For many, family tops the list of things to be thankful for this year.
“Family is the most important thing,” said Dr. Rick Denning, director of Cleveland City Schools.
Denning said his family has received so many blessings that every day should be Thanksgiving. This year his family is gathering in North Carolina to celebrate together.
“Family and friends are the eternal treasures — more important than all the other ‘stuff’ we may fill our lives with,” said Johnny McDaniel, director of Bradley County Schools.
This year McDaniel, who will celebrate with approximately 40 members of his family, is most thankful for “God’s love and blessing” as well as his family.
In addition to family, Bradley County Mayor Gary Davis and Bradley County Clerk Donna Simpson are thankful for health.
Pastor Steve Lewis of Grace Assembly of God is especially thankful for his family’s health this year, as his wife has just recovered from surgery. Lewis said he is also thankful for a good year and for the Lord’s protection.
Andy Forsythe, director of religious education at St. Therese Catholic Church, said he was thankful for family, friends and the opportunity to serve the community.
“With Advent around the corner, I’m thankful that we have a blessed hope (in the coming of Jesus Christ),” Forsythe said.
Many, such as Simpson are also thankful for the Bradley County and Cleveland community.
“It’s (a) good place to raise your family,” she said. “It’s a big town, but it still has a small-town feeling.”
Steve Robinson, chair of the Cleveland/Bradley Public Library board of directors, said he was thankful to live in this community, “where we can walk down the street and feel safe and we can worship any way we want to and it is accepted.”
For Cleveland Mayor Tom Rowland, Thanksgiving is a time to celebrate with family and friends while learning how their year has been.
“This year, in particular, Sandra and I have much to be thankful for. A traffic crash in May of this year left us with some injuries that are slowly healing — but our family and friends have been a tremendous support during this time. We can never say ‘thank you’ enough for all the prayers lifted for us. Every day should be a day of ‘thanks’ to God but it is good for one day a year to be set aside to focus on ‘giving thanks’ and being with family,” Rowland said.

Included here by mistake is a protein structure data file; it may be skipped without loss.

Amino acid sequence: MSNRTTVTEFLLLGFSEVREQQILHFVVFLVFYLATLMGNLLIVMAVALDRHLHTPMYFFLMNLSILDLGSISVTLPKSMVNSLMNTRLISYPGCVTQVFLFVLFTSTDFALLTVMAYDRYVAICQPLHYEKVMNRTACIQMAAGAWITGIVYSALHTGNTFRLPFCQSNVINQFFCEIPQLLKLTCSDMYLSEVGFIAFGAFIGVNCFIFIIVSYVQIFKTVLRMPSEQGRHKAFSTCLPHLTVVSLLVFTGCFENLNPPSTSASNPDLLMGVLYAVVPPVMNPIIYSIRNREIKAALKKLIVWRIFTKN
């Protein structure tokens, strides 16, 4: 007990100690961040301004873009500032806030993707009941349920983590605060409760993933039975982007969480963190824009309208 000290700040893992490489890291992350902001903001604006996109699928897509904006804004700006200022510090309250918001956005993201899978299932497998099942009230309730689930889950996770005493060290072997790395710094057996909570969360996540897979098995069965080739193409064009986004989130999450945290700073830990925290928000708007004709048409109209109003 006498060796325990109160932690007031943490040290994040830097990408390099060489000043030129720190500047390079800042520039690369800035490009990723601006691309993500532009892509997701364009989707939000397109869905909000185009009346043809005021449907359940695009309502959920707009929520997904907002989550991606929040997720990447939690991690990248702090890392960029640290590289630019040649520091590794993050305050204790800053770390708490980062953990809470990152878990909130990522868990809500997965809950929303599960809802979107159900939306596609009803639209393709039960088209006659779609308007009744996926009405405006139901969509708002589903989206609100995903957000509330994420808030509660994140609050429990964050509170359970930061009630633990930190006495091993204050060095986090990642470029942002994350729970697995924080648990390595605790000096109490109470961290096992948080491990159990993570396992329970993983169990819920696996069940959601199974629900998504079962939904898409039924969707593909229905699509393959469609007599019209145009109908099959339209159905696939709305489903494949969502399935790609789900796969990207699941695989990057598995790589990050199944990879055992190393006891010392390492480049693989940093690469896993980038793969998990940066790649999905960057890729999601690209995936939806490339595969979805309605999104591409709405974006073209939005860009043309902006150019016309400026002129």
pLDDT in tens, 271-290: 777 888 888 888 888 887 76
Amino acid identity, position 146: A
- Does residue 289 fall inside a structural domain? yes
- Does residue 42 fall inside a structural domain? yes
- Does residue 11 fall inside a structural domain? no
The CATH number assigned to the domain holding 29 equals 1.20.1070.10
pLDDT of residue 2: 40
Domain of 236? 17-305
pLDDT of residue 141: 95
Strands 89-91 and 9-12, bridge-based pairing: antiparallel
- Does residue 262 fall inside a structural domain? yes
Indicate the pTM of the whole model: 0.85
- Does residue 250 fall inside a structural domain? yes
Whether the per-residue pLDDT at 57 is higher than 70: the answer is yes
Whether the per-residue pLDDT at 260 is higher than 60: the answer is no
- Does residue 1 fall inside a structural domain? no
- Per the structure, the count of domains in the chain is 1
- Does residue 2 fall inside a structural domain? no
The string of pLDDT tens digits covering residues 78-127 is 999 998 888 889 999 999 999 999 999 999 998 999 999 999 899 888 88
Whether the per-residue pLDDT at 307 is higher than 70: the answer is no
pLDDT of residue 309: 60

Dr. Paul Conn, president of Lee university, will be spending the day in Phoenix, Ariz., with his wife’s family.
“I love an old-fashioned, traditional Thanksgiving — my perfect version is the Norman Rockwell image of three or more generations gathered around a table of turkey, mashed potatoes and other vegetables, cranberry sauce, and pumpkin pie for dessert,” Conn said. “I realize what a romanticized cliché that is, but still, it’s my favorite kind of Thanksgiving!”
While many in the community will be spending time with loved ones while enjoying traditional feasts, Dr. Carl Hite, president of Cleveland State Community College, said he will have to wait until Christmas for all his family to be together. Besides health and family, Hite is thankful for his good co-workers and the lovely weather of Cleveland this time of year.
Of course, every year food plays a major part in community celebrations.
“It’s become a tradition for me to make the dressing each year and now we have friends who place their orders for my dressing recipe. Our home is filled with the smell of sage, onions and celery for the few days before Thanksgiving Day,” Rowland said.
Davis enjoys pecan pie the most during Thanksgiving.
“My wife does an absolutely marvelous job with Thanksgiving dinners,” Hite said, making it impossible for him to pick his favorite dish.
McDaniel said turkey and pumpkin pie topped his list of Thanksgiving favorites. For Denning, turkey and dressing are at the top.
Whether traveling or staying in town, thankful hearts and family time are definitely highlights of a Cleveland Thanksgiving.